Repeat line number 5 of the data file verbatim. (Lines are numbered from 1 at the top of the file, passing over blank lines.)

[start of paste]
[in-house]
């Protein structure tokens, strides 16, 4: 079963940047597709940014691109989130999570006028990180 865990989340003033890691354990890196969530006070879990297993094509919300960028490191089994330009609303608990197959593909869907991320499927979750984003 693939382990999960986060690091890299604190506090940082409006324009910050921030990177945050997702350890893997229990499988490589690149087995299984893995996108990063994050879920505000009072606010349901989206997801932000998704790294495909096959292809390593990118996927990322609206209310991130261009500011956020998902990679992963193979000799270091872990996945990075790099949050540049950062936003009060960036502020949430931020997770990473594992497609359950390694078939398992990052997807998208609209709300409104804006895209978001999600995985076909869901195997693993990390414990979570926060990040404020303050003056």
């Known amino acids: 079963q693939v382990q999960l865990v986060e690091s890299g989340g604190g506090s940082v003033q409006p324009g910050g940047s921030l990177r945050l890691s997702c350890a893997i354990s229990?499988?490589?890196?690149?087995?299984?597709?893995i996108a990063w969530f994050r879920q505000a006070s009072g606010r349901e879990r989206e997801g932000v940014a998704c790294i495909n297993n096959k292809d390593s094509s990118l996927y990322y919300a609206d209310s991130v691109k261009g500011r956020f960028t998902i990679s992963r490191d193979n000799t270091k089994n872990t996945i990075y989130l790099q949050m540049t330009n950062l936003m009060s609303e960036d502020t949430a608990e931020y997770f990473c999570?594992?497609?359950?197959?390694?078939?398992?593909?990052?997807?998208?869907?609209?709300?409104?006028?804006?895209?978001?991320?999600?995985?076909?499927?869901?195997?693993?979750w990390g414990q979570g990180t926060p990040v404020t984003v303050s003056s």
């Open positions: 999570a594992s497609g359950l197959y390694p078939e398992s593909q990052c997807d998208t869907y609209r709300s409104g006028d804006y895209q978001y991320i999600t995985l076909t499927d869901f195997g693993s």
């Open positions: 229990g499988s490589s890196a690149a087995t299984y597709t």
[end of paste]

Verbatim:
């Open positions: 229990g499988s490589s890196a690149a087995t299984y597709t």